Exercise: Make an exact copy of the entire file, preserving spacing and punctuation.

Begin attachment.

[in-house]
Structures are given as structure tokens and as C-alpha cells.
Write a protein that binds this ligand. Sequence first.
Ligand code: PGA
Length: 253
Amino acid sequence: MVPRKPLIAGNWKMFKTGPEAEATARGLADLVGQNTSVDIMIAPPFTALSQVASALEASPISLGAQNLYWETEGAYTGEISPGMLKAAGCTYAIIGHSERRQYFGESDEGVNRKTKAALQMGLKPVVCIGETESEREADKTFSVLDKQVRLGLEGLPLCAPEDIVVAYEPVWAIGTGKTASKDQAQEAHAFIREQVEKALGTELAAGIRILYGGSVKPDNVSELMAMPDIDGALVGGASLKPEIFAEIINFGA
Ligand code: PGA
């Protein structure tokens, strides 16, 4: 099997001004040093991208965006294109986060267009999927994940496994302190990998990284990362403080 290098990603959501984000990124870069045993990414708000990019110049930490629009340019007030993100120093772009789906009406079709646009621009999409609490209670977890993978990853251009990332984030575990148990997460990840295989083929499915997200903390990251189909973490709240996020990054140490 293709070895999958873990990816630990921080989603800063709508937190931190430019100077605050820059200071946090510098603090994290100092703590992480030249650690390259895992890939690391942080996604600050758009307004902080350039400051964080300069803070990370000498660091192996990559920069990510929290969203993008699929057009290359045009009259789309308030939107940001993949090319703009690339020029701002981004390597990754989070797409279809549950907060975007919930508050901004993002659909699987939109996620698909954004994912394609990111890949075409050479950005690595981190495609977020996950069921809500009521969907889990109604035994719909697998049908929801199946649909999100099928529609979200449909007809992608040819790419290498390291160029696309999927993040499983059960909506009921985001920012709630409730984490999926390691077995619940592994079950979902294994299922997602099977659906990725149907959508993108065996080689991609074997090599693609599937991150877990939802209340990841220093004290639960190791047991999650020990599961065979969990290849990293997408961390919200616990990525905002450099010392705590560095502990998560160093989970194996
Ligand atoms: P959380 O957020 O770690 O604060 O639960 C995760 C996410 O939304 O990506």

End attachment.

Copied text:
[in-house]
Structures are given as structure tokens and as C-alpha cells.
Write a protein that binds this ligand. Sequence first.
Ligand code: PGA
Length: 253
Amino acid sequence: MVPRKPLIAGNWKMFKTGPEAEATARGLADLVGQNTSVDIMIAPPFTALSQVASALEASPISLGAQNLYWETEGAYTGEISPGMLKAAGCTYAIIGHSERRQYFGESDEGVNRKTKAALQMGLKPVVCIGETESEREADKTFSVLDKQVRLGLEGLPLCAPEDIVVAYEPVWAIGTGKTASKDQAQEAHAFIREQVEKALGTELAAGIRILYGGSVKPDNVSELMAMPDIDGALVGGASLKPEIFAEIINFGA
Ligand code: PGA
């Protein structure tokens, strides 16, 4: 099997001004040093991208965006294109986060267009999927994940496994302190990998990284990362403080 290098990603959501984000990124870069045993990414708000990019110049930490629009340019007030993100120093772009789906009406079709646009621009999409609490209670977890993978990853251009990332984030575990148990997460990840295989083929499915997200903390990251189909973490709240996020990054140490 293709070895999958873990990816630990921080989603800063709508937190931190430019100077605050820059200071946090510098603090994290100092703590992480030249650690390259895992890939690391942080996604600050758009307004902080350039400051964080300069803070990370000498660091192996990559920069990510929290969203993008699929057009290359045009009259789309308030939107940001993949090319703009690339020029701002981004390597990754989070797409279809549950907060975007919930508050901004993002659909699987939109996620698909954004994912394609990111890949075409050479950005690595981190495609977020996950069921809500009521969907889990109604035994719909697998049908929801199946649909999100099928529609979200449909007809992608040819790419290498390291160029696309999927993040499983059960909506009921985001920012709630409730984490999926390691077995619940592994079950979902294994299922997602099977659906990725149907959508993108065996080689991609074997090599693609599937991150877990939802209340990841220093004290639960190791047991999650020990599961065979969990290849990293997408961390919200616990990525905002450099010392705590560095502990998560160093989970194996
Ligand atoms: P959380 O957020 O770690 O604060 O639960 C995760 C996410 O939304 O990506």